In Bertolt Brecht’s Life of Galileo (1943), there’s a typically didactic exchange: Andrea, the great man’s pupil, says: “Unhappy is the land that breeds no hero.” To which Galileo replies: “No, Andrea: unhappy is the land that needs a hero.” This quotation could almost be the motto of Rory Mullarkey’s hugely ambitious, but equally hugely wrong-headed state-of-the-nation epic. Of course, it’s great that Rufus Norris, artistic director of this venue, is encouraging youngish playwrights to use the massive Olivier stage for historical plays that explore our national identity in the Brexit era, but that doesn’t mean that the work has been free of problems.
So far, the results have not been good. After DC Moore’s flawed Common comes Mullarkey’s similarly flawed Saint George And The Dragon. Taking the myth of George, the legendary dragon slayer and rescuer of damsels in distress, the playwright wraps the folktale in the flag of our nation’s story. So the patron saint of this island (well, the English bit anyway) is shown visiting us over three acts, saving first the feudal serfs, then saving the industrial proles and finally attempting to save (if only) our contemporary “ordinary people.”
In Act One, after a well-written and amusing Chaucerian prologue about noble “knyghts,” George arrives like an episode from Monty Python and the Holy Grail: he is a coward; his experience of dragon slaying is minimal, and the villagers are rightly skeptical of his ability to save Elsa, the maiden who is about to be sacrificed to Dragon, a shape-shifting feudal overlord who, it is hinted, might be just as interested in abusing her as in burning her at the stake. This act at least feels fresh and the storytelling has a neat twist. It invokes the history of medieval England, with its Magna Carta, Peasants’ Revolt, and Civil War—the message is that we are a freeborn people.
When George returns, in Act Two, he finds that dark satanic mills have replaced the green and pleasant land of the previous scenes. Yes, it’s Victorian England, full of factories, trains, and armies. Cities of a dreadful night; the air choked with smoke. Children work in textile mills, suffering terrible injuries, and the population is exploited by factory owners. The Dragon is now 19th-century capitalism, and the ghosts of Charles Dickens’s Hard Times and Frederick Engels’s The Condition Of The Working Class In England gaze down over a scene that reminded me of the Opening Ceremony of 2012 London Olympics. Rae Smith’s set, with its burgeoning townscape, miniature houses, cramped factories, and smoking chimneys is the background to George’s defeat of the villain, although this time the symbolism is shakier and the politics all wrong. In an era of collective action, who needs heroes?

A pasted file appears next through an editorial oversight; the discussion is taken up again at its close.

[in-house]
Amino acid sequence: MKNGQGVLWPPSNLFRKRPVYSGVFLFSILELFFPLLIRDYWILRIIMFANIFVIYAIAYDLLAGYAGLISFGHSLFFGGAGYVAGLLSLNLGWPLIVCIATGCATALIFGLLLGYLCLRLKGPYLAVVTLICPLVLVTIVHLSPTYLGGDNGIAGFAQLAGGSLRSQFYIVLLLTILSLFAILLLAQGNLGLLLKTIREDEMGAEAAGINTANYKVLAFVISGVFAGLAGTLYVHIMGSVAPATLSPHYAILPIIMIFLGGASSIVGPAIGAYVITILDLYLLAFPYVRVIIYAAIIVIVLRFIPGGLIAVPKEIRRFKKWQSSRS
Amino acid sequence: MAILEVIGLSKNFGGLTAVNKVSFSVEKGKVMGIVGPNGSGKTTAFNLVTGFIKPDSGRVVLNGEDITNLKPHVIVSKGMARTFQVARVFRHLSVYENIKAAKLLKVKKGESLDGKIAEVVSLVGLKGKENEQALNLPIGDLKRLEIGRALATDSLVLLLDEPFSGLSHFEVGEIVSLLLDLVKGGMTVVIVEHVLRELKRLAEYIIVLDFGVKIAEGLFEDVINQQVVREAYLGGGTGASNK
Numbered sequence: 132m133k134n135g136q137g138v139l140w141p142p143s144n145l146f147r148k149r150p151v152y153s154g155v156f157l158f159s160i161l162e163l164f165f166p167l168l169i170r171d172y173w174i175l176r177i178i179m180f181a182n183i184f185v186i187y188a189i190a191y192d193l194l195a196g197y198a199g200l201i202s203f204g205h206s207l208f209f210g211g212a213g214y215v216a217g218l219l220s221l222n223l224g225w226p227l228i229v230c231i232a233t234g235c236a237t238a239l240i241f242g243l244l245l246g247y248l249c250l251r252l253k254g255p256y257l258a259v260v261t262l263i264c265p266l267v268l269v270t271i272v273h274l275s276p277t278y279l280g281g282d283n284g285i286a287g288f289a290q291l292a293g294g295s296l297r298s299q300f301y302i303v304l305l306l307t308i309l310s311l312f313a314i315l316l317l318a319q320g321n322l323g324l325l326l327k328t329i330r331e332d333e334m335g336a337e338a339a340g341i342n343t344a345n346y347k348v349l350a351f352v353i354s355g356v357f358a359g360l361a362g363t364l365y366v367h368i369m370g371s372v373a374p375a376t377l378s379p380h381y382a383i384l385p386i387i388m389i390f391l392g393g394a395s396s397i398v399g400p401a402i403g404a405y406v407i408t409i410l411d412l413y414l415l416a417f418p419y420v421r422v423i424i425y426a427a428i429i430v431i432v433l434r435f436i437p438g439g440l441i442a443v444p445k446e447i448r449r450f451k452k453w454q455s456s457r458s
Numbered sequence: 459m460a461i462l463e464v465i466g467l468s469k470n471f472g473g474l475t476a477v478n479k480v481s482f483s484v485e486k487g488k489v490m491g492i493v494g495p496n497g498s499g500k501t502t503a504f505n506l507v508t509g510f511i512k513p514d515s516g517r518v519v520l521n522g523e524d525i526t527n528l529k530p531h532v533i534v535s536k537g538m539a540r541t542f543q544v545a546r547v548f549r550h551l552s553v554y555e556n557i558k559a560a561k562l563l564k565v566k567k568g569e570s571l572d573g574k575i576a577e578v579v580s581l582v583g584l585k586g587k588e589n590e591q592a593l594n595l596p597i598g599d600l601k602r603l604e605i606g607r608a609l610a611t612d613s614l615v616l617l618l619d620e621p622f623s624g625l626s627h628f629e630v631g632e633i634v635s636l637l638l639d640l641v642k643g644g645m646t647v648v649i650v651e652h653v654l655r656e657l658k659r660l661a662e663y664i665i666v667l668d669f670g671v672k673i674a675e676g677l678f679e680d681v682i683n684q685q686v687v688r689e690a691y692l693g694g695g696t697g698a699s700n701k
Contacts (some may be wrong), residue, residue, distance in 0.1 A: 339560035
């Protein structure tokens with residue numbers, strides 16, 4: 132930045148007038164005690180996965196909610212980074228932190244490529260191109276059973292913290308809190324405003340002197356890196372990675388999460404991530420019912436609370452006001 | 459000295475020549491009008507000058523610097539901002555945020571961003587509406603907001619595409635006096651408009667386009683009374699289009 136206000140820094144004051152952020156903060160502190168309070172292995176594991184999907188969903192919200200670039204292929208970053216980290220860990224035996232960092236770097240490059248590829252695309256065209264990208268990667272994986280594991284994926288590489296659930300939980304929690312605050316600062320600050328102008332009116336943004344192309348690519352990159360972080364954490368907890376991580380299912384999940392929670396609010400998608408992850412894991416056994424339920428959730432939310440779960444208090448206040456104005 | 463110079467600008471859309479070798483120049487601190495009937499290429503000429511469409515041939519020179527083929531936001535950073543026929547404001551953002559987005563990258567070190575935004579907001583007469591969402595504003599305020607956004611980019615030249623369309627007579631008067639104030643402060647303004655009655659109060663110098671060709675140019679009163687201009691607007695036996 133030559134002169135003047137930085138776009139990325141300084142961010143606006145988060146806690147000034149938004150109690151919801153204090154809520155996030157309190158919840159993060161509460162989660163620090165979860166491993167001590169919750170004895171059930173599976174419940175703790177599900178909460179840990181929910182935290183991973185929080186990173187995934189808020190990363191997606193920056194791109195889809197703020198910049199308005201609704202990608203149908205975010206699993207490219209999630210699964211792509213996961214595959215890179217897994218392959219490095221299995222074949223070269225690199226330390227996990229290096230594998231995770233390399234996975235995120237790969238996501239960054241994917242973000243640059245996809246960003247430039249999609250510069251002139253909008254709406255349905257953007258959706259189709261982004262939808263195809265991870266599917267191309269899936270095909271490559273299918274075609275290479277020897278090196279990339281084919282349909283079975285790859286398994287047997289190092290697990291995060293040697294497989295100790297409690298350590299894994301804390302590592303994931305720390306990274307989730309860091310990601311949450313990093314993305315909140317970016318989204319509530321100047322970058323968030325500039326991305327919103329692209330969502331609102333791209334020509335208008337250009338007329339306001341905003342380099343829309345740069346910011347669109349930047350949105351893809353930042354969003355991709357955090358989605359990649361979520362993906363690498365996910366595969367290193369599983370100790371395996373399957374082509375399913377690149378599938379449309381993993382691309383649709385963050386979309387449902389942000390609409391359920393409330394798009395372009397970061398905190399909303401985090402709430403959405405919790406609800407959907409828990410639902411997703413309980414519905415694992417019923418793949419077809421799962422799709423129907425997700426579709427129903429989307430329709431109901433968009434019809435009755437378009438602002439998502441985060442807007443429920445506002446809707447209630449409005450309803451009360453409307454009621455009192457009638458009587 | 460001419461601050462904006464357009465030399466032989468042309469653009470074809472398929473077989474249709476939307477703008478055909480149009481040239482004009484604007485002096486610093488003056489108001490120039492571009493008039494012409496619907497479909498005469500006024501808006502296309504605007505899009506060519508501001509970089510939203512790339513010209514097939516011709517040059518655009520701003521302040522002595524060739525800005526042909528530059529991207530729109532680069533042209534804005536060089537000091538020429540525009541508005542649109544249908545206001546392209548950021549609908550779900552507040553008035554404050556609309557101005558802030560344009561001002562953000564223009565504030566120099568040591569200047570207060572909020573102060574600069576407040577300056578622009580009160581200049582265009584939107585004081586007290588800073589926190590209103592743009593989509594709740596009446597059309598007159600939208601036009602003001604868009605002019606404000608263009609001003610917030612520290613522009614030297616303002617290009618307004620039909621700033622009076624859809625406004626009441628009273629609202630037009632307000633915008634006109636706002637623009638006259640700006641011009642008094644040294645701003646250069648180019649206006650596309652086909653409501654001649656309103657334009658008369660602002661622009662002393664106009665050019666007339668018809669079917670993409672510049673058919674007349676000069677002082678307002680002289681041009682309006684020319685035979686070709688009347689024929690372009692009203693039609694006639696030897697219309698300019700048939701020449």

If anyone ever doubts that you can throw away a good idea in the third act, then I invite you to see this show. The last section of a very long evening is set in today’s England, all glass skyscrapers and wheelie bins, and immediately the clichés storm the stage. “Ordinary people” are shown getting drunk and watching the footie on the telly in a pub, out on a drink-fuelled hen night, and, always a bad sign, pushing supermarket trollies. Almost unbearably unimaginative, this whole act is poor in every sense: storytelling, ideas, imagination, metaphor, dialogue, social perception, and political ideas. It feels like a counsel of despair.
The play is billed as a “folk tale for an uneasy nation,” but it mainly tells us what we already know: that history is the story of class struggles and that freedom is only worth anything if it has been fought for. The ruling class never gives you any gifts. Mullarkey also charts the decline of our idea of the mythical hero: once a person to be venerated, he is now an object of irrelevance. But is this right: what about sporting heroes, or pop culture heroes, or celebrity heroes? Even if we no longer need heroes, surely we could do with some good political leadership. But how can we get them? And how do we rebuild the nation? This allegory doesn’t say.
According to the play text, Mullarkey began the project as “a riff on Evgenii Schwartz’s 1943—4 play Drakon (The Dragon),” which shows a knight freeing peasants from the Tsarist yoke, only to return to find a new tyranny: Stalinism. This satire sounds much more effective than Saint George And The Dragon, with its unclear third section and disappointingly evasive political stance. Unusually for me, I wish he’d just written an adaptation of the original.
Lyndsey Turner’s production has some enjoyable moments, mostly featuring Elsa’s father Charles, Henry, the Dragon’s sidekick, and a comic Boy, and three performances stand out: John Heffernan’s fabulously bewigged George has a beguilingly sympathetic aspect, especially in the first act; Julian Bleach’s wonderfully campy Dragon, who mutates into a much more sinister being; and Amaka Okafor’s feisty Elsa, who grows increasingly single-minded and capable as the evening progresses. There is also good support from Gawn Grainger (Charles) and Richard Goulding (Henry). But good acting can only get you so far: by the end, I was so irritated by this tiresome play that I even longed for its hero to return and put us all out of our misery.
This post originally appeared on Aleks Sierz on October 19th, 2017 and has been reposted with permission.
This post was written by the author in their personal capacity.The opinions expressed in this article are the author’s own and do not reflect the view of The Theatre Times, their staff or collaborators.